• Women tend to avoid closed spaces with no visible exits, dark roads, and alleys, empty car parks, large open spaces, frequently deserted places like parks, woodlands, rivers, beaches, and countrysides.

Spaces that can be therapeutic to men can be a huge source for anxiety and fear for women. For e.g. trails and parks.

  • Women have fine-tuned radars up at all points, always attentive. They even tend to avoid wearing earphones out in the public, always listening for a sound in the bushes.
  • They avoid short-cuts and take longer, safer routes home.
  • If women perceive a threat, they change their modes of transport. For instance, if a woman feels like she’s being followed, she may take a cab even if her house is three blocks over. If women don’t get a good vibe from a ride-share, they tend to get dropped off at the closest landmark to their homes. They then walk from there to keep their home addresses unknown to the person.
  • Women constantly share their locations through apps or phone calls, especially while on public transport, or in cabs/auto rickshaws, and make driver details known.
  • When searching for places to live, women tend to look for extra security and avoid first-floor homes. Personally, I have rented a first-floor apartment in the past, and I’ve never left my windows open a single night.
  • Women locate safe spots en-route to our regular nodes if we need to reach out for any help.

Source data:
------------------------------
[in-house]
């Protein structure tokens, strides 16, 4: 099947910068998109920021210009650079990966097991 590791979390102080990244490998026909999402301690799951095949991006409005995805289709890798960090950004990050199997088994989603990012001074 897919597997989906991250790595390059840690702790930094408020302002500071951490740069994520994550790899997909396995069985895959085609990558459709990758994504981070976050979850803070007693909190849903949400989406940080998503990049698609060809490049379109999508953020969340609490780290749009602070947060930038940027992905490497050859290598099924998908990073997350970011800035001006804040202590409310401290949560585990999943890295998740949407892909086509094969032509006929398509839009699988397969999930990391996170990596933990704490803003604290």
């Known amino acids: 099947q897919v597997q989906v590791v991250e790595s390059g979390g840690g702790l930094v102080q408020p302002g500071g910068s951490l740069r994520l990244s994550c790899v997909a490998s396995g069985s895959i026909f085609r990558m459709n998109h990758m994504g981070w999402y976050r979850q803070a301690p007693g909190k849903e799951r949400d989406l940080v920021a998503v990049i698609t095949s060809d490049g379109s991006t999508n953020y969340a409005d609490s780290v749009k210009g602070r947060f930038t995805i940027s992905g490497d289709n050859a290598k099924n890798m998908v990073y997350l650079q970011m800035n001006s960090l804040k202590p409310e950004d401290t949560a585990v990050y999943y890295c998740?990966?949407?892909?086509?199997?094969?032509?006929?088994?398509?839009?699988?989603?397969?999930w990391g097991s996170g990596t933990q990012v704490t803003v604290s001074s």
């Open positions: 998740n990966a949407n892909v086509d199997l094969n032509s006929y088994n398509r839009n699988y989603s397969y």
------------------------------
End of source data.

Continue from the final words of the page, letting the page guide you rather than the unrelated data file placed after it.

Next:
• We feel unsafe in places where we lose visual contact/visibility with other people, and also tend to avoid crowded places.

These are only some of the measures put in effect. By now, most of them are subconscious and ingrained, and so is the fear and social conditioning. “Living a spatially restricted life because of fear constantly reminds women of their relatively powerless position” (Pain, 1994). A good number of us have been subject to childhood sexual abuse, as well, and that begins in our own homes. It makes me wonder where are we safe, really?

in moving between one place to next, women’s MOBILITY is severely affected.

  • Restricted mobility affects women’s economic opportunities. If there is a high-paying job that a woman loves in a place that is hard for her to safely get to, chances are that she will give it up.
  • Increased dependency on male friends/family for commuting purposes.
  • Restricted mobility reduces/comes in the way of women having their social bonding time on the go. They end up planning every step of their day:

For instance, if a man is going from his workplace to a pub, he makes quick decisions. Men tend to immediately figure out how to get there, at what time, and maybe with whom. The decisions involved are usually taken at a relaxed pace, one step at a time.

A man has the freedom to choose his next steps in an urban fabric based on his current spatial and social position. Women tend to make plans in the longer term, usually with plans A, B, and C, always equipped with backup strategies. They often worry about how they’re dressed in these spaces, and the demeanor they carry.

In essence, a man makes his decisions based on convenience. A woman makes her decisions based on safety.